Originally Posted by panino
I've already posted this in my theater thread, but decided to repost the question here so I can get a broader expert opinion on this soundproofing issue.
I'm about to build my screenwall. Since the stage is essentially sitting free from the walls to isolate any sound transmission, should I also decouple it from the ceiling when I build the screen wall? I would think the answer is yes, but I don't think I've seen any build on here that has done that. Everyone seems to just run posts from the stage floor straight up to the ceiling with no decoupling brackets. I would imagine there would be some transmittal of sound, especially low frequencies, into the ceiling this way, but maybe it is negligible?
There is a huge difference between the stage and the screenwall, though, and it has everything to do without how much surface area is in contact with the decoupled shell (walls and ceiling). A stage will have a pretty massive footprint pressed against the walls, if there is no gap, and this will result in a lot of energy being transferred to the walls. A screenwall, on the other hand, has a pretty negligible footprint on the ceiling resulting in pretty big drop in how much energy will be transferred.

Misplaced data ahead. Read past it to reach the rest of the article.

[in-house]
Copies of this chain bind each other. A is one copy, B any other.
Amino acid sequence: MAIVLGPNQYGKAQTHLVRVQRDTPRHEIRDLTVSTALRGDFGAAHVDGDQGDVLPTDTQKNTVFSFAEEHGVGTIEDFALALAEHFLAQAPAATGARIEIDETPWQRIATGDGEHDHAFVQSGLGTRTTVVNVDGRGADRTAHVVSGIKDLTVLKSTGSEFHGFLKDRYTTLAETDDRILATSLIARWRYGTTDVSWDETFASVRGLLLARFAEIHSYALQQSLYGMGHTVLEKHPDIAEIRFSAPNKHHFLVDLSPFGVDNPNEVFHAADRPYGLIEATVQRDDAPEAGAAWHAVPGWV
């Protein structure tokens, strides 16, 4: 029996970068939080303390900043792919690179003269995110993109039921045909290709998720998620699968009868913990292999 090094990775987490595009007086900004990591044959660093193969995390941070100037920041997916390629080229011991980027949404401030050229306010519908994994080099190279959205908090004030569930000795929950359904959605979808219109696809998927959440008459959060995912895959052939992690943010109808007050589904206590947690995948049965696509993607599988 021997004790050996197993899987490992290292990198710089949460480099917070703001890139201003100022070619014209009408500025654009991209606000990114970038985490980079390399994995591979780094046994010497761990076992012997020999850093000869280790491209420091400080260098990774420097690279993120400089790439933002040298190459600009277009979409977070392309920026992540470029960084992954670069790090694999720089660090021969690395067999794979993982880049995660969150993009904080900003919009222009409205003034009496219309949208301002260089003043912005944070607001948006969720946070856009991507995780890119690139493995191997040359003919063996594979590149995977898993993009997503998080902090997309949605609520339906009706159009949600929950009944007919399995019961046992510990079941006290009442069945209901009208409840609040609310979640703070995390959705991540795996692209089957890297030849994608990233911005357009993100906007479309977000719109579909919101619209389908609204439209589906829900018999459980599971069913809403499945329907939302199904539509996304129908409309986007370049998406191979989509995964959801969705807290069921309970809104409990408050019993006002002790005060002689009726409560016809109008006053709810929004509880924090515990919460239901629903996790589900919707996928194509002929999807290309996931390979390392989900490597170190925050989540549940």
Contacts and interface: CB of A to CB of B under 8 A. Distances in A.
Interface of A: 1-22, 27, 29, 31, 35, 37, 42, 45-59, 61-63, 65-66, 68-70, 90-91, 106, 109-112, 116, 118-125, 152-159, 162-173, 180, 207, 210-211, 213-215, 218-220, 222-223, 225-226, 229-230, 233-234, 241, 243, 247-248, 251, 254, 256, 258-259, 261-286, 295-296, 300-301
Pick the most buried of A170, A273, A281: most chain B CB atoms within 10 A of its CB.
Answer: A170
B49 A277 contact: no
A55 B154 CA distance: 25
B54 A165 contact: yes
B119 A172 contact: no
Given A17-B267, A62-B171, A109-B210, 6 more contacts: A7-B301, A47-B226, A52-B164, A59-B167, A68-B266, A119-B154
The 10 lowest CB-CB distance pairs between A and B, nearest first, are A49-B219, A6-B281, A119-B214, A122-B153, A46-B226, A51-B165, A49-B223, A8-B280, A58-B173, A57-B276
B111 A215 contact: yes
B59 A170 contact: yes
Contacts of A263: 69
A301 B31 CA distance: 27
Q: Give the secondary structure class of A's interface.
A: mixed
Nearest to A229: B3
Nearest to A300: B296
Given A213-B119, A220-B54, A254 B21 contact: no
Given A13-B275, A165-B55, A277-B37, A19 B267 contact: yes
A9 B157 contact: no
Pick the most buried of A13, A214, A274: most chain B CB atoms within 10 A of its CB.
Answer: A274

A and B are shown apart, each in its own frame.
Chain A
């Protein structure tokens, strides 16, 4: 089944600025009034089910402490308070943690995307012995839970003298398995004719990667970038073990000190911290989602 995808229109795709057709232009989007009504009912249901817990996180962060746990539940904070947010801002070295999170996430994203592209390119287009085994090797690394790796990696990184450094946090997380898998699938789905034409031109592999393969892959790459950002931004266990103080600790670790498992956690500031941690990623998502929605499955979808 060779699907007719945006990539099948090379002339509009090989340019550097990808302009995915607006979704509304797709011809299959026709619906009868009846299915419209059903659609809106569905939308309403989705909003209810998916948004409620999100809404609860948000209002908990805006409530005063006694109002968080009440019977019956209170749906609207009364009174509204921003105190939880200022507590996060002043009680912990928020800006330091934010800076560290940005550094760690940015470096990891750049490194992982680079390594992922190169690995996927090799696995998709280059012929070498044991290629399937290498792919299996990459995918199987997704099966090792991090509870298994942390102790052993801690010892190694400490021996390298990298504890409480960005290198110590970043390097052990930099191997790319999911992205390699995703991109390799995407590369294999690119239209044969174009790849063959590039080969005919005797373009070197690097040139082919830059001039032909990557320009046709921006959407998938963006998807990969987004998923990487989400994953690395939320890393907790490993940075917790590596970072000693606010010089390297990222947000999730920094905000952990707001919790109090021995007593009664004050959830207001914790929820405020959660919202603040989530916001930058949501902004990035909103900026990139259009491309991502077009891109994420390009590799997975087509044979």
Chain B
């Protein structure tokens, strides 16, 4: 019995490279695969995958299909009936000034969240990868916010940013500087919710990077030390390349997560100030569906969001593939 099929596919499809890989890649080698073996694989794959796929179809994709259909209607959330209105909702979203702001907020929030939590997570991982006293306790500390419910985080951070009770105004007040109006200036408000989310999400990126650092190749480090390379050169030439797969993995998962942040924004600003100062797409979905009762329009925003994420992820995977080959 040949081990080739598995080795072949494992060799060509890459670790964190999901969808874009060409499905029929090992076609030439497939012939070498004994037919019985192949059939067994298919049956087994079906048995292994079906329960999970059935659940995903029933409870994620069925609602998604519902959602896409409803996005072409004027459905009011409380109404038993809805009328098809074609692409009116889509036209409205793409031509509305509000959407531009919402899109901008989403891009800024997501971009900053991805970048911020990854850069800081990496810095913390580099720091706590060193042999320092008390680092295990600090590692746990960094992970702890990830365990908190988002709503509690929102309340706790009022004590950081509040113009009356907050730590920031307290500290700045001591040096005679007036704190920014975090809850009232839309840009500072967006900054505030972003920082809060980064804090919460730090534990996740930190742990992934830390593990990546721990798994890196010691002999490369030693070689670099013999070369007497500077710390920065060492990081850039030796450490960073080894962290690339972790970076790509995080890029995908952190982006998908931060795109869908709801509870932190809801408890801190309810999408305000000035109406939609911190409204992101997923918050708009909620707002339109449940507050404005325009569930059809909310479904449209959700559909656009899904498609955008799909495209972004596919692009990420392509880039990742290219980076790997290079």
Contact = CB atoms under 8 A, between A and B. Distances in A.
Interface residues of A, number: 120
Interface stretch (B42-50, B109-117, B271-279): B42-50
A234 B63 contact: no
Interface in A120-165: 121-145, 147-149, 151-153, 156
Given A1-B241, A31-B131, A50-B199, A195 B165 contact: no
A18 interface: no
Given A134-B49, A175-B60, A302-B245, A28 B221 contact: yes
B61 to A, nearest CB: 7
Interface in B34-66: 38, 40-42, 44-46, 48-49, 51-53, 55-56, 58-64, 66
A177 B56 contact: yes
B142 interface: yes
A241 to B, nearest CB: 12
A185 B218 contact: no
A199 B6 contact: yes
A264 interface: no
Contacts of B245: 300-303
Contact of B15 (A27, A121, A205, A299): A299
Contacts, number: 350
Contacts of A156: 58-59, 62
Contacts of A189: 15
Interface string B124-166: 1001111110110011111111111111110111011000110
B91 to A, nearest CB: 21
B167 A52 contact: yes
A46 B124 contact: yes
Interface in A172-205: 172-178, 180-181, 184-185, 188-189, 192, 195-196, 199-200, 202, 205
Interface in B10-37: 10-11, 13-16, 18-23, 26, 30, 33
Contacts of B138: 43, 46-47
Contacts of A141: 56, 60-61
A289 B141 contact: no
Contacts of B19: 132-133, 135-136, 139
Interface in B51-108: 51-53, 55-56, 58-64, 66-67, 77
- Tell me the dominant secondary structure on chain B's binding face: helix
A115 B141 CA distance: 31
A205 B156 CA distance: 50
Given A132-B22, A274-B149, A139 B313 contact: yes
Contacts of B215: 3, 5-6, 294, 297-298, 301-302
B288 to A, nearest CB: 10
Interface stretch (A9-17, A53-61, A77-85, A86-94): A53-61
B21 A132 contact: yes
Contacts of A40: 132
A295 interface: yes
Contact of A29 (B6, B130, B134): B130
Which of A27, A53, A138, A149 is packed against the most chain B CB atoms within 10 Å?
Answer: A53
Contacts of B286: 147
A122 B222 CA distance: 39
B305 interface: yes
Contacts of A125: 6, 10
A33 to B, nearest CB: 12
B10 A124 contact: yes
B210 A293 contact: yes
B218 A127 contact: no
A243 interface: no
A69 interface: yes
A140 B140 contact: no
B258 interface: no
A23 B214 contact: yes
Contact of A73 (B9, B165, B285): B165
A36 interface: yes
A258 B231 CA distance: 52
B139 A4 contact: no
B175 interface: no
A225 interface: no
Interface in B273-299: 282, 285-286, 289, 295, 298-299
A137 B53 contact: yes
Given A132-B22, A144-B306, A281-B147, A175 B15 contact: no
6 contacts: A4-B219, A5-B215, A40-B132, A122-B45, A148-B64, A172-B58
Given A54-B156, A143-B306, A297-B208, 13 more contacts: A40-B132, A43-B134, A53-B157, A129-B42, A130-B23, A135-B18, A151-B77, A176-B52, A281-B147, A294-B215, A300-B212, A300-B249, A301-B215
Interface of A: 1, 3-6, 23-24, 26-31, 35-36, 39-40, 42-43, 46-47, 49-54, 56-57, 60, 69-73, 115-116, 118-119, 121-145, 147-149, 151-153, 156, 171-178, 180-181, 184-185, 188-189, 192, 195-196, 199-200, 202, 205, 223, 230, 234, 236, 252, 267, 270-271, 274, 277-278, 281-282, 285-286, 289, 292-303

I wish I had some numbers, but I can't find any anywhere.
That said, I was asking earlier about "through" door jambs versus disconnected ones especially since in one very specialized case, something as simple as a broom handle bridging outer and inner walls resulted in a staggering drop in soundproofing effectiveness. BasementBob gave a very good answer for that but, never being satisfied leaving well enough alone, I asked Rod Gervais directly. His response is excellent
: Rod Gervais Answer
Seriously, I'd recommend that everybody read that, since even his anecdotes are golden.
Anyway, the very very simplified answer (very simplified. very!) is that while the true reason is that the specific details matter a lot, there is a big element related to how much surface contact we are talking about. A through door jamb is touching the two walls in only a small footprint, compared to how much contact a non-decoupled wall would have between the layers of drywall or even the amount of contact that a concrete slab has on both decoupled walls.
That principle applies to the decoupled screenwall question, I think.